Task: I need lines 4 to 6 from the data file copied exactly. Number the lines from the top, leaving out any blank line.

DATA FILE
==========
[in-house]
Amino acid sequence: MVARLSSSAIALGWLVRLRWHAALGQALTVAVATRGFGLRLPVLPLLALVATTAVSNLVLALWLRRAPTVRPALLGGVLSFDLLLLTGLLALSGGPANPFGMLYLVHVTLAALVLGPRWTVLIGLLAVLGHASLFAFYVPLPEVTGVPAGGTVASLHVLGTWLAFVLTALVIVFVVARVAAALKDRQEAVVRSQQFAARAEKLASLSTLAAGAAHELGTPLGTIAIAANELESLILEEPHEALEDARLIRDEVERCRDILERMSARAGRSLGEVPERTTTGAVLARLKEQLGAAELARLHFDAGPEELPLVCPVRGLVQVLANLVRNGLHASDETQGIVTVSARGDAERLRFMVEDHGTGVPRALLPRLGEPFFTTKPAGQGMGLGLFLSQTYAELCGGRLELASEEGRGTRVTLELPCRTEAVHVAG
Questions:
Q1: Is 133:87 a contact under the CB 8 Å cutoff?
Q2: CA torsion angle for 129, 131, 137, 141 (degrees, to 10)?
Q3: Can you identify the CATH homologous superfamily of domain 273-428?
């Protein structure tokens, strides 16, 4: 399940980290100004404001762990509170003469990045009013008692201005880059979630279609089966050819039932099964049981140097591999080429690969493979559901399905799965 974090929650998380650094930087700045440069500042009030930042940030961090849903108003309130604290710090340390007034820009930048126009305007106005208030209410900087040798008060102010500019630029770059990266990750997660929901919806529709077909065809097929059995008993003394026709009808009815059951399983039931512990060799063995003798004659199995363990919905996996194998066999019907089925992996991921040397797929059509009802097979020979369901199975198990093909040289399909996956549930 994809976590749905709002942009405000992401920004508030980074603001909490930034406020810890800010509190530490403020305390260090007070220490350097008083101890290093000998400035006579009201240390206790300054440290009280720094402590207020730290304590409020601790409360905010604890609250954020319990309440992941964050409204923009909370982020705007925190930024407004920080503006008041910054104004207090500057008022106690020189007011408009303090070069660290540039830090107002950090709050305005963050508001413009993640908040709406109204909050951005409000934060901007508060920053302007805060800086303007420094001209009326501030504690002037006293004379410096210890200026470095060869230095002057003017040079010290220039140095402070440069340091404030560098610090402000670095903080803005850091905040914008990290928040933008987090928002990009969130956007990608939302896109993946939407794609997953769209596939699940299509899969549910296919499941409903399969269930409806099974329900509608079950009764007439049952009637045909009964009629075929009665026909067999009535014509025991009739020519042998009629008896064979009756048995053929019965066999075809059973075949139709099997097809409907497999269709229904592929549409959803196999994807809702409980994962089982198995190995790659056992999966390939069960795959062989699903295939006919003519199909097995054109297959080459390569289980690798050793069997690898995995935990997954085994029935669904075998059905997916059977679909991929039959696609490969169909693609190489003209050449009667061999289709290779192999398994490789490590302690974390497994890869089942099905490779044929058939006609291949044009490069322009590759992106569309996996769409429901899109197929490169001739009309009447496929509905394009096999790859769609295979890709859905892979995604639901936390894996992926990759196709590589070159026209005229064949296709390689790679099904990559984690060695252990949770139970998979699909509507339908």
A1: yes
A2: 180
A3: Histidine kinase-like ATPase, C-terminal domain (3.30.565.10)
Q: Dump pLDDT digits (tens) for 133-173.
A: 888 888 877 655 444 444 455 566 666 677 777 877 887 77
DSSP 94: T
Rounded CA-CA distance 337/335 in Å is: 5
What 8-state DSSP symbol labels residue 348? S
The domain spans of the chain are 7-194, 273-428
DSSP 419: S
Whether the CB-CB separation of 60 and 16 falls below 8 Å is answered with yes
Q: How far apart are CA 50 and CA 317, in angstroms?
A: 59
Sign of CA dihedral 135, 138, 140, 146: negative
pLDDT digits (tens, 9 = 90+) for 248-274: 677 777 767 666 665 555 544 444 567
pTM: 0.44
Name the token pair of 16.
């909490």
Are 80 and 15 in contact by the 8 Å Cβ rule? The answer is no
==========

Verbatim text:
Q1: Is 133:87 a contact under the CB 8 Å cutoff?
Q2: CA torsion angle for 129, 131, 137, 141 (degrees, to 10)?
Q3: Can you identify the CATH homologous superfamily of domain 273-428?